Different M-Spike After Stem Cell Transplantation Linked To Improved Survival (ASH 2012)
Published: Jan 16, 2013 1:13 pm; Updated: Jan 16, 2013 3:35 pm
Results of a Canadian retrospective analysis indicate that multiple myeloma patients who develop one or more new monoclonal proteins (M-spikes) after stem cell transplantation may have improved progression-free and overall survival compared to those without a new M-spike.
Myeloma cells overproduce a single type of antibody, known as a monoclonal or M-protein. Different types of myeloma are classified according to the type of M-protein the patient’s myeloma cells produce.
When a patient’s original M-spike disappears and an M-spike of a different monoclonal protein appears, this is known as monoclonal banding. When the original M-spike disappears and several new M-spikes appear simultaneously, this is known as oligoclonal banding.
“Oligoclonal and monoclonal banding are associated with better overall survival and progression-free survival … and are also associated with a better quality of response, with most patients achieving VGPR [a very good partial response] after an autologous stem cell transplant,” said Dr. Victor Hugo Jimenez-Zepeda from the Princess Margaret Hospital in Toronto, Canada, who presented the findings at the American Society of Hematology (ASH) annual meeting in Atlanta last month.
He noted that the cause of new M-spikes after transplantation is still under investigation and recommended that the impact of new M-spikes on clinical outcomes in multiple myeloma should be further evaluated.
Dr. Jimenez-Zepeda explained that while more than one M-spike may be present at diagnosis and a switch from one M-protein type to another may occur at disease relapse, the type of M-protein normally stays constant throughout the disease.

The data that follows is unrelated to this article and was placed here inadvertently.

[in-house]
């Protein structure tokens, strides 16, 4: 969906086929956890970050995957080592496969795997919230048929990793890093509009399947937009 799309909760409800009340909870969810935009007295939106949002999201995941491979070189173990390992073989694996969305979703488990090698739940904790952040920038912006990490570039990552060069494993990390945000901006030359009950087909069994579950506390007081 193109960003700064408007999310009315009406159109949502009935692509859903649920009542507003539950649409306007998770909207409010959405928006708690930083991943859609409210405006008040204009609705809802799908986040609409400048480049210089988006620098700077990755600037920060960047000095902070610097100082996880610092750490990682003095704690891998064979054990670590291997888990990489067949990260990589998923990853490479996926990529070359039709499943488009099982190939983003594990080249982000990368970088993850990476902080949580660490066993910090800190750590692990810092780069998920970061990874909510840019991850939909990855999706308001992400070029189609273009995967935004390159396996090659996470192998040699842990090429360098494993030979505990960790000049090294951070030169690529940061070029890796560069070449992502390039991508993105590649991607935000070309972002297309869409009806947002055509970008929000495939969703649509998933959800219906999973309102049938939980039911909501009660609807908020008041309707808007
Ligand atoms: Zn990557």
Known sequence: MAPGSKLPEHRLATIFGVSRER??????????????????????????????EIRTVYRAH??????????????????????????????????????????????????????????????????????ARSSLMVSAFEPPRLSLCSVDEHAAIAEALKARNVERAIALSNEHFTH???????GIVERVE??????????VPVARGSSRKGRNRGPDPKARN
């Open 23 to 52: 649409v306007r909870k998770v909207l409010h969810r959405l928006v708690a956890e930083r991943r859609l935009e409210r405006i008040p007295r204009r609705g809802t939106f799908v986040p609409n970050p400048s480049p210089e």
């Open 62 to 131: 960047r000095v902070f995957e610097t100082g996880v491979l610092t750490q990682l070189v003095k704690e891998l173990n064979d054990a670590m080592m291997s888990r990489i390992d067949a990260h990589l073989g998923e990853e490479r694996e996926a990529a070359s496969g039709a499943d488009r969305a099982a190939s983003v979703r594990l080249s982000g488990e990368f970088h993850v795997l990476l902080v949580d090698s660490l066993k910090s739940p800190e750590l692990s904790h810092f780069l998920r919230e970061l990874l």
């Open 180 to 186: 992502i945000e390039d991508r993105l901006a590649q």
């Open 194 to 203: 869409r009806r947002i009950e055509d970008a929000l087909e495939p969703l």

He added that if a change in M-protein occurs, the change was thought to be transient. However, there has been increasing evidence that the change can last for years.
He also mentioned that a change in M-protein type has frequently been observed with the use of Revlimid (lenalidomide) and has been associated with a high degree of response.
In the current study, Dr. Jimenez-Zepeda and his colleagues examined the presence of new M-spikes in patients who underwent stem cell transplantation.
The study included 788 multiple myeloma patients who received a stem cell transplant at Princess Margaret Hospital between January 2000 and December 2007. The median patient age was 58 years.
Overall, 12 percent of patients developed new M-spikes within three months post-transplant. Of these patients, 67 percent developed a single new M-spike, and 33 percent developed several new M-spikes.
New M-spikes of both types emerged after stem cell transplantation in 14 percent of patients who were treated with a combination of vincristine (Oncovin), doxorubicin (Adriamycin), and dexamethasone (Decadron), 7 percent of patients who received Velcade (bortezomib), and 9 percent of patients who received a thalidomide (Thalomid) regimen. None of the patients included in the analysis had received treatment with Revlimid.
Patients who developed new protein bands within three months after transplantation achieved a higher rate of a very good partial response or better (38 percent), compared to patients who did not develop new bands (28 percent). At 100 days post-transplant, this rate increased to 79 percent in patients with new protein bands, compared to 58 percent for patients without new bands.
In addition, the median progression-free and overall survival times for patients who developed new protein bands (29 months and 116 months, respectively) were significantly longer than those of patients who did not develop any new bands (23 months and 75 months, respectively).
This link between new protein bands and improved survival is statistically significant, the researchers found, even after taking into account patient characteristics at the time of diagnosis, such as each patient’s albumin, creatinine, and LDH (lactate dehydrogenase) levels.
For more information, please see abstract 595 on the ASH meeting website.
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